BATON ROUGE, La. -- Shakietha
Woodard has no desire to return to New Orleans after Hurricane Katrina
swamped her apartment in the suburb of Kennar.
"Move back? Why?" said
Woodard, 29, who has one child and is pregnant with a second. "Even
when New Orleans was together, there was no way to make money. I'm going
to move to Texas and find opportunity there."
Woodard, who was among more than 4,000
displaced residents encamped on cots yesterday in a convention facility
not far from Louisiana's capital, was hardly the only evacuee who had
little stomach to return to the swamped city.
"A fairly large number of people
say they don't want to go back," said Dick Burch, a spokesman here
for the American Red Cross. "They don't want to go through this
While relief officials cope with the
immediate needs of hundreds of thousands of Katrina victims, some experts
are beginning to ponder the longer-term options for one of America's most
fabled cities, now a mud-covered ghost town.
No doubt New Orleans will be rebuilt.
But the form it takes will depend largely on how many of its more than
450,000 residents return.
"About half the dispersed
population is likely never to come back," said Mary Comerio, a
University of California, Berkeley, architecture professor and author of
Disaster Hits Home, a book on disaster recovery.
"People who have a financial
interest in the city - they own land or work at Tulane University or a
hospital - have a reason to come back," she said. "Young people
who aren't so tied to the city will move on. The elderly will go on with
their lives in a new place rather than invest the next 10 years of their
lives to rebuilding.
"It will change the character of
New Orleans, no question," she said. "Inevitably, it will be
While the dislocation of an entire city
has prompted some commentators to call for reconstructing New Orleans on
higher ground - or abandoning it altogether - most experts say the city
probably will redevelop much along its current design.
"Generally, cities will rebuild
pretty much the way they were," said Robert Olshansky, a professor of
urban and regional planning at the University of Illinois
Urbana-Champaign. "Some people think suddenly it's a blank map. But
it's not. People still own all those pieces of land and have strong social
ties to the area."
The French Quarter will undoubtedly be
restored, and downtown buildings are largely intact. Tourism, shipping,
and oil and natural-gas interests have a deep investment in the area and
will want a population nearby to serve them. But some businesses that
could easily be elsewhere may move on rather than redevelop.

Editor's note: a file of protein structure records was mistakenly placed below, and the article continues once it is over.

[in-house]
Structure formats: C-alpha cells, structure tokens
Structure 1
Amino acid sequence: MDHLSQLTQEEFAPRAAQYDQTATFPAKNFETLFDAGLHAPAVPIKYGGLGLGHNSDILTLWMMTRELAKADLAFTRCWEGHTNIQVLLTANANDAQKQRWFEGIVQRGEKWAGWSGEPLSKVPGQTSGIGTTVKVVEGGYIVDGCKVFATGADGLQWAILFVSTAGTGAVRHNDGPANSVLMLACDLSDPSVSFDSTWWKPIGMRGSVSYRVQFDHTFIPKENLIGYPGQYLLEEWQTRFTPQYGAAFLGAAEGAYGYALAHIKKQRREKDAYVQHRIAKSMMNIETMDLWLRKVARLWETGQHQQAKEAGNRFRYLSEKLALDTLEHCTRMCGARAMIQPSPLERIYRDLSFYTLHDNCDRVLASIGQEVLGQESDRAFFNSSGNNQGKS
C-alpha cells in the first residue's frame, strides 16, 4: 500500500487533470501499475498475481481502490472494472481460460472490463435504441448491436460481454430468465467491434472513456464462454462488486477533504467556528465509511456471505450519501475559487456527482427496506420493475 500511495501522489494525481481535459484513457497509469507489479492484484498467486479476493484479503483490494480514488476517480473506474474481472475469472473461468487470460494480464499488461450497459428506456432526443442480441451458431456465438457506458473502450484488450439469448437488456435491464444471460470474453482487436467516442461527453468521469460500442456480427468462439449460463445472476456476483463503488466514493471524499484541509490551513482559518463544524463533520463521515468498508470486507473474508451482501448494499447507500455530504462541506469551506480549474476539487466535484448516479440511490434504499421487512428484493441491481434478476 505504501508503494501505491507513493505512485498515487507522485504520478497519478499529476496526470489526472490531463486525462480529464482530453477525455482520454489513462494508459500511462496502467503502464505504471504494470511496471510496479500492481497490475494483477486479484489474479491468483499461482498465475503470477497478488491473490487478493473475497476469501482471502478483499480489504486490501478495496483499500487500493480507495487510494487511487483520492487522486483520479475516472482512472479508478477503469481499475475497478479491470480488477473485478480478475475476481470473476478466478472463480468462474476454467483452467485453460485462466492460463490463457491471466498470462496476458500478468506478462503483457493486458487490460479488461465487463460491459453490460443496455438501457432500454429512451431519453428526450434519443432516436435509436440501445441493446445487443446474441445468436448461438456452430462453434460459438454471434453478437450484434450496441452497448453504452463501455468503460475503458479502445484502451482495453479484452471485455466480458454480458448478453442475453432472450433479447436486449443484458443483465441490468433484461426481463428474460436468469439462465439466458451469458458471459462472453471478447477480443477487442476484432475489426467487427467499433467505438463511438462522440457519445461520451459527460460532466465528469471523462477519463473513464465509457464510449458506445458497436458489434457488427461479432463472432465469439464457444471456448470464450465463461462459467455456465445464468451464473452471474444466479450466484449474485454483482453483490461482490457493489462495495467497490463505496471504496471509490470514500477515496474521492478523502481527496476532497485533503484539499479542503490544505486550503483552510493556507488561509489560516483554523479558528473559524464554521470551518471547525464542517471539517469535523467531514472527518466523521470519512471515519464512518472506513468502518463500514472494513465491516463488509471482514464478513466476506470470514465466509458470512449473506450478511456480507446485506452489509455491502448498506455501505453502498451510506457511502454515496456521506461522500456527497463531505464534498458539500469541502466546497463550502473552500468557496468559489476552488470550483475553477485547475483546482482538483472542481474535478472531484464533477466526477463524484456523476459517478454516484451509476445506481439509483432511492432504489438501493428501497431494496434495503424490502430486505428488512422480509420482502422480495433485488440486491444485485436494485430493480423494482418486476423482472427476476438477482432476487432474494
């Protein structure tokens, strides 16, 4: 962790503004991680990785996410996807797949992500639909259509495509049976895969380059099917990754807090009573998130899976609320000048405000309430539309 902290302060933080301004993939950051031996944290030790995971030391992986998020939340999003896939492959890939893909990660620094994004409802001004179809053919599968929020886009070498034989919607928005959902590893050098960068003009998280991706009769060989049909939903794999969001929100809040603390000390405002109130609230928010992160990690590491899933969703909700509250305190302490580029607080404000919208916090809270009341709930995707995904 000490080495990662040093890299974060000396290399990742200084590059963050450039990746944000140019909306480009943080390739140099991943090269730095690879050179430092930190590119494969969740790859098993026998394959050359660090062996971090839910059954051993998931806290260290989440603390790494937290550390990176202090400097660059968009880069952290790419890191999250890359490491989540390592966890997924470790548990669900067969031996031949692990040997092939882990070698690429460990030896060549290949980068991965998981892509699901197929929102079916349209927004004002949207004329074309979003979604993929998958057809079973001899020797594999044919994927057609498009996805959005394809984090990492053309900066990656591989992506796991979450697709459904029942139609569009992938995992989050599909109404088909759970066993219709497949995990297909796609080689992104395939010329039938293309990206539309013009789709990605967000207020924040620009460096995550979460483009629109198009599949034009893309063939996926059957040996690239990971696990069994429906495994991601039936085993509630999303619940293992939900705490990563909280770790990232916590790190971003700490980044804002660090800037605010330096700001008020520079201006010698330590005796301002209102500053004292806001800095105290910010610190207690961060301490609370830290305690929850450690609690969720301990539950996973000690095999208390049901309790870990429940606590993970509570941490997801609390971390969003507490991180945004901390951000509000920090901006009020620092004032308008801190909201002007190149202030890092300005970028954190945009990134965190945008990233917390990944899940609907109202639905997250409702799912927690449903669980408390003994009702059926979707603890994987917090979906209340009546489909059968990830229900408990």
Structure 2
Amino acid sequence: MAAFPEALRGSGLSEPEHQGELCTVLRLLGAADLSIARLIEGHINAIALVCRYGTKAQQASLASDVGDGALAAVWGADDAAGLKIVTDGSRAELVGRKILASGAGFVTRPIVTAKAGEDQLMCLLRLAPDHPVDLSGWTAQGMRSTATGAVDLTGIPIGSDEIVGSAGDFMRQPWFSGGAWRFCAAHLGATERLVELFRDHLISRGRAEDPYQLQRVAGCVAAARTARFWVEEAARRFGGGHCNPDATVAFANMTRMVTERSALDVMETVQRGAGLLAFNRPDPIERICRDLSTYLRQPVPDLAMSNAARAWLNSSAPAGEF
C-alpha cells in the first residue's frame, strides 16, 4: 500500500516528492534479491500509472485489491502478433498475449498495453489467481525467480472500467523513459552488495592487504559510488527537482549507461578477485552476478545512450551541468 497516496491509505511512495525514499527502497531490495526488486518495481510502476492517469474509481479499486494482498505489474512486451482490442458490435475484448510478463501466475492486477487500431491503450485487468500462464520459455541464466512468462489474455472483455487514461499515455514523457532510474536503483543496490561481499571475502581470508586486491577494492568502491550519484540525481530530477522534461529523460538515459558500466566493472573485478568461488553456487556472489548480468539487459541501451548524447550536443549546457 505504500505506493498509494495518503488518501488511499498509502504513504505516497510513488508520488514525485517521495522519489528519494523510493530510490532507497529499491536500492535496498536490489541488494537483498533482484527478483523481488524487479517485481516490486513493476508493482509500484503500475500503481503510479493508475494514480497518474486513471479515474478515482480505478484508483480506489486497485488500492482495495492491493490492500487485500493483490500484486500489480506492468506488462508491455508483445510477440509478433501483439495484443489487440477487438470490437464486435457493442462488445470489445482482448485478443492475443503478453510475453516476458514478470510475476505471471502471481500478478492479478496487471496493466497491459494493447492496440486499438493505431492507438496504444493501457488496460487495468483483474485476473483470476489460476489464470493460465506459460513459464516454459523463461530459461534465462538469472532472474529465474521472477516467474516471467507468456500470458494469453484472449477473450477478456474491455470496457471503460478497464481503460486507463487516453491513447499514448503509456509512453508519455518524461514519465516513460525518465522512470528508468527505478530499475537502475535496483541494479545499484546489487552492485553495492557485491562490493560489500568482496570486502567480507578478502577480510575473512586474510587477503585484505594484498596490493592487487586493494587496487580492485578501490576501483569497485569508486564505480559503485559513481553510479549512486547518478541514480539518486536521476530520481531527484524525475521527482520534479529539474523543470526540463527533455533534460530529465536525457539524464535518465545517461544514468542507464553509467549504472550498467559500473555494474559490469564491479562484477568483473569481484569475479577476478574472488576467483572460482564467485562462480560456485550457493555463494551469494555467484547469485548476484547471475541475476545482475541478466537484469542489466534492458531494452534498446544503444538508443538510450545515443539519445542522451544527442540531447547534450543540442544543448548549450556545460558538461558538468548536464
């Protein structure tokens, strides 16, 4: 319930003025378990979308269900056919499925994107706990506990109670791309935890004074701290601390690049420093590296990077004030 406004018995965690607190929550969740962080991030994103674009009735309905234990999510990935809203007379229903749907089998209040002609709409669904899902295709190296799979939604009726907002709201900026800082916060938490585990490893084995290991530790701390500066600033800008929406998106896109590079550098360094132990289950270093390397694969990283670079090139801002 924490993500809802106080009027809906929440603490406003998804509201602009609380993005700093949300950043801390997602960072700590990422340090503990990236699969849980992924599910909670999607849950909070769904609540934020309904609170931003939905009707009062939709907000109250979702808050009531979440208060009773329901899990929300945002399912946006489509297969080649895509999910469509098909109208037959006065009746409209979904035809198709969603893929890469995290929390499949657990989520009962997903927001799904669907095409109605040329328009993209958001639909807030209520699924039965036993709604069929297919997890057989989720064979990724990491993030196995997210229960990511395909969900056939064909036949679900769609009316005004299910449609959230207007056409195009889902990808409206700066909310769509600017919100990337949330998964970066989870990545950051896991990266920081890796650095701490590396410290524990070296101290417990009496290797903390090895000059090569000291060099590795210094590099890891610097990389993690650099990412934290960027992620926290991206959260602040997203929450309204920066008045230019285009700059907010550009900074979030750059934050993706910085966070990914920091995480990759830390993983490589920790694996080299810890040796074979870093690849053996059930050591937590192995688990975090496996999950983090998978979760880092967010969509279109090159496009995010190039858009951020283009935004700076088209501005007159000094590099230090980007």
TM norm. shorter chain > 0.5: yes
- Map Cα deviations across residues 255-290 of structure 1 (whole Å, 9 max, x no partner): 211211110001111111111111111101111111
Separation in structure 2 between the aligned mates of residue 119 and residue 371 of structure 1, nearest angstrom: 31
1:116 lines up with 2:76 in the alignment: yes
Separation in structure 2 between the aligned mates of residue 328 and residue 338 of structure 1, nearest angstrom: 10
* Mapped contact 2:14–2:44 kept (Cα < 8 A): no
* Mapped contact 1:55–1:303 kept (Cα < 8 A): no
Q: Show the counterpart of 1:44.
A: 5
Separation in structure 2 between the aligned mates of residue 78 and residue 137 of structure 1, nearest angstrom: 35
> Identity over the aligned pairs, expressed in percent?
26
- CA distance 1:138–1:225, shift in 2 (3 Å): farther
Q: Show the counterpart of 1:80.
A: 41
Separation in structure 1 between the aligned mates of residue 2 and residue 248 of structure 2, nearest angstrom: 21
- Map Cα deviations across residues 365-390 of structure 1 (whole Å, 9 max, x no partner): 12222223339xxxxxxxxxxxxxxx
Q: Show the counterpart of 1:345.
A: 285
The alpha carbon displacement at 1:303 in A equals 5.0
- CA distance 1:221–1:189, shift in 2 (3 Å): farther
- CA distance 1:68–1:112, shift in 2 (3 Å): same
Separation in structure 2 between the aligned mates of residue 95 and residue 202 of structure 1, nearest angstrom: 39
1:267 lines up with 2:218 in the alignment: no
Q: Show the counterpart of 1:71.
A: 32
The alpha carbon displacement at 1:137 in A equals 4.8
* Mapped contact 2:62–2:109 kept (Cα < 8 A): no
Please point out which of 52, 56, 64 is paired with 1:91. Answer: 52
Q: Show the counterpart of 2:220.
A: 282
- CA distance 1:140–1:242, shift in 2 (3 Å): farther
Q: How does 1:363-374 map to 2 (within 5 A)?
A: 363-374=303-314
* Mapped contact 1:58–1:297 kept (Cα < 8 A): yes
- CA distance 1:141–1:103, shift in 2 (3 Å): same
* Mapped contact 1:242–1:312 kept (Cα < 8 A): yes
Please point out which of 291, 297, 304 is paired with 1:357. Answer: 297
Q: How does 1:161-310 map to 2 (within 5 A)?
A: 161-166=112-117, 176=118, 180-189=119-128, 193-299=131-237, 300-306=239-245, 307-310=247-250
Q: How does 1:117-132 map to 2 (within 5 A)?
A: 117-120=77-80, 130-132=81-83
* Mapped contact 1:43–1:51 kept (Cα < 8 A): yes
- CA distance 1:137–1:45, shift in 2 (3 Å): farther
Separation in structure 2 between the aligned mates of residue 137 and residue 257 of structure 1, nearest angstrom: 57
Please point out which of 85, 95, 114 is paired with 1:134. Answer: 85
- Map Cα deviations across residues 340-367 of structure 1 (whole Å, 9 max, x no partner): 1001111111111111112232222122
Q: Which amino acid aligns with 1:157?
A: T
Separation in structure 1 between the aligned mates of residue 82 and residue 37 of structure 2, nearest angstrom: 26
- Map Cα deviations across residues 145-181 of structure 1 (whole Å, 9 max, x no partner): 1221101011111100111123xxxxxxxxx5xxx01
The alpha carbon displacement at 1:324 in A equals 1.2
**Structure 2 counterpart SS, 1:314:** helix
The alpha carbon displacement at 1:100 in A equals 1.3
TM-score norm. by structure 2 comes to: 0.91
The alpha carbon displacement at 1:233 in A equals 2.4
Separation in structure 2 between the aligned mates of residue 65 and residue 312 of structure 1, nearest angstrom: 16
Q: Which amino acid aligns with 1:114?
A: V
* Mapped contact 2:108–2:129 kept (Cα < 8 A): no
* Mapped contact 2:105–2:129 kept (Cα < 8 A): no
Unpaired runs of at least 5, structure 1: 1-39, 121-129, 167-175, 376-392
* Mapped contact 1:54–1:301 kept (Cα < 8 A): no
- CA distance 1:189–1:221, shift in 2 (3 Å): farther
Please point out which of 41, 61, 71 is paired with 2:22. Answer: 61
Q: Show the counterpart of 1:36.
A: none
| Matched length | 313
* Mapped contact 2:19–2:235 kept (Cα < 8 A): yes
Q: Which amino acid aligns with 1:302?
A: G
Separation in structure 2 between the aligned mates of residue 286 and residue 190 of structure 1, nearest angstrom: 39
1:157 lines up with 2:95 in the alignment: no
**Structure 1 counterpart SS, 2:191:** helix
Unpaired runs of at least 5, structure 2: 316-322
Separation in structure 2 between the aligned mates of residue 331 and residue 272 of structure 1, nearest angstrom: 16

Some academics fear that if the
population of New Orleans changes too dramatically, the city's unique
culture will become a museum piece to benefit the tourist trade.
"The reason the world loves New
Orleans is because of its culture, created by the diversity of its
people," said Shirley Laska, director of the Center for Hazards
Assessment, Response and Technology at the University of New Orleans.
"If you don't find a way to build a New Orleans that sustains that
culture, then all you've done is to just build a Disney World."
There are few comparable experiences for
leaders of New Orleans to follow. Chicago rebuilt after the 1871 fire, and
San Francisco prospered after the 1906 quake, but both disasters occurred
during the industrial age, when American cities were expanding
dramatically. New Orleans, by contrast, has been shrinking for four
decades and has few long-term prospects for growth, as vulnerable as it is
to the rising sea level.
"In rebuilding or restructuring the
city, there's a real question whether they need to rebuild it as it was
before," said Kenneth L. Kusmer, a history professor at Temple
University who specializes in urban social history. "You don't need
to have centralized cities anymore."
Klaus Jacob, a geophysicist and senior
researcher at Columbia University's Lamont-Doherty Earth Observatory, said
New Orleans would all but disappear in 100 years, after the petroleum
reserves in the Gulf of Mexico were depleted, the city sank deeper, and
sea levels rose with the onset of climate change.
"We have to think long-term,"
Jacob said. The policies set by Washington to rebuild New Orleans will
have implications for other cities such as Miami, Sacramento, Calif., and
New York that are in the path of storms or rising sea waters.
"It's not just New Orleans that's
at stake," he said. "We have to face up to the fact that we're